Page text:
…imagine that coming out of Cusack’s boombox? But Crowe knew that song wasn’t going to get the job done, so he and producer James Brooks began looking around for something that would work. They even tried having original songs written for the scene, and that was a no-go. But finally, one day, Crowe was playing a tape in his car of songs that were played on his wedding day, and out comes “In Your Eyes.”

[IN YOUR EYES]

And that’s when he knew he had the right track. He and James Brooks called up David Geffen and asked to use the song. Geffen said he’d try, but couldn’t guarantee anything because Peter Gabriel wasn’t in the habit of giving up anything for movies. Plus, Geffen wasn’t sure about Gabriel’s relationship to the song, that is, how personal it was.

In the meantime, they held a screening of a rough cut of the film, and someone from Geffen Records was in the audience and didn’t like the movie, so Crowe thought they were sunk. However, as the story goes, it was Rosanna Arquette who put in a good word for them, so Gabriel called the studio to ask for a copy of the movie so he could make a decision. And here’s where the stories get kind of confused when you read about them on the internet, so I’m relaying this the way Cameron Crowe told Entertainment Weekly. A few days later, he was told to call Gabriel in Europe. He had to get up extra early to do it, and Gabriel told him “I appreciate you asking for the song. It’s a very personal song to me and I just hope you don’t mind that have to turn you down.” Crowe was disappointed and said he understood, but at the very last second he decided to ask why not. Gabriel told him, “Well when he takes the overdose it just didn’t feel like the right kind of use of the song.” And THAT’S when Crowe realized that Gabriel had seen the film Wired, the John Belushi biopic, not the high school movie with the guy in the trench coat. Crowe asked Gabriel to please watch the high school movie, and that’s how he secured permission.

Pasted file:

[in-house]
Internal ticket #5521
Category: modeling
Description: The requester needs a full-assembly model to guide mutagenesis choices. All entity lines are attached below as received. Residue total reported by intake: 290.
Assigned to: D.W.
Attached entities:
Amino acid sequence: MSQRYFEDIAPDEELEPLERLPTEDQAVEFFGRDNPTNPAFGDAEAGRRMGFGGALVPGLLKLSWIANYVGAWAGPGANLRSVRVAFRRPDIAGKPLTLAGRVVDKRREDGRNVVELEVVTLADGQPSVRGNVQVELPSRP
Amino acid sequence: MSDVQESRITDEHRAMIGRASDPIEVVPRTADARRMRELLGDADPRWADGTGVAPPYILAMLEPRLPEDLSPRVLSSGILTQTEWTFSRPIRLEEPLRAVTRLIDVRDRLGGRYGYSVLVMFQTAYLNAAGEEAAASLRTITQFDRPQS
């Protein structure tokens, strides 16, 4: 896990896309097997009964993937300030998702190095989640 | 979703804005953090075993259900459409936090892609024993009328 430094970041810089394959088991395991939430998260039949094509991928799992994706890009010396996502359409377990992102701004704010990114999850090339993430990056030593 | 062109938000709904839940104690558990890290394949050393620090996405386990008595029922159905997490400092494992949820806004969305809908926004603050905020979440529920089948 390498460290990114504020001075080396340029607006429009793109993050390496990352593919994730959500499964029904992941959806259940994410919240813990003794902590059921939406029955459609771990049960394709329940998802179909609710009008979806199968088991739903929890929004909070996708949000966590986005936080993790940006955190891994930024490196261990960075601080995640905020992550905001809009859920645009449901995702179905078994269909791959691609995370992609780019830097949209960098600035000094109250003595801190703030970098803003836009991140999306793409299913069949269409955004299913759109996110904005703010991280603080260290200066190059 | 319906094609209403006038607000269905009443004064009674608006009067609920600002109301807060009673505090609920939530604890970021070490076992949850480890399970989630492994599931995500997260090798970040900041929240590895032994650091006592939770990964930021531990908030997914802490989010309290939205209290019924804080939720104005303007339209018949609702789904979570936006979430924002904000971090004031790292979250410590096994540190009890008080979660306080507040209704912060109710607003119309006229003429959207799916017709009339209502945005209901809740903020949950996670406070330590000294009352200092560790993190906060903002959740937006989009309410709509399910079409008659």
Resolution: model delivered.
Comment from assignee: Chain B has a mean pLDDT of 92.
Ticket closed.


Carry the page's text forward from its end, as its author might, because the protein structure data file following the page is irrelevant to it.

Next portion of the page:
Most internet versions of the story have Gabriel giving permission but not really understanding why it had anything to do with the overdose scene. But according to Crowe, Gabriel withheld permission until he’d actually seen the correct movie.

In an interview with Rolling Stone magazine in 2012, Gabriel noted the cultural impact of the scene, noting that it definitely gave the song a second life, and maybe even turned the scene into a modern-day Romeo and Juliet balcony scene. And finally, in October of that same year, Gabriel was doing a concert at the Hollywood Bowl. As he played the first few bars of the song, John Cusack came out on stage and handed Gabriel a boombox, then took a bow and left. As it happened, Cameron Crowe was in the audience and tweeted that he wouldn’t forget that…ever.

There are something like fifty cover versions of the song, but arguably the most successful version is by Jeffrey Gaines from 1998. Other than having an acoustic sound, it’s a very faithful cover and therefore not really worth playing here, but go look for it, you may like it.

And now it’s time to answer today’s trivia question. Back on Page Two I asked you what the most-covered Rolling Stones song is, according to The Sound of Vinyl
Dot Com. Well…here’s their Top Ten.

10: Under My Thumb: covered 22 times

9: Wild Horses—my guess: covered 28 times

8: Honky Tonk Women: covered 28 times

7: Ruby Tuesday: covered 30 times

6: Angie: covered 31 times

5: Jumpin’ Jack Flash: covered 33 times

4: Sympathy for the Devil: covered 34 times

3: Gimme Shelter: covered 38 times, and at this point we take a big jump.

[PAINT IT BLACK]

2: Satisfaction was covered 93 times

1: Paint it Black has cracked the century mark, having been covered 100 times.

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Next time around, we’re going to find out How Good It Is when we have Joy, Fun, and Seasons in the Sun. No kidding.

Thanks for listening, and I’ll talk to you next time.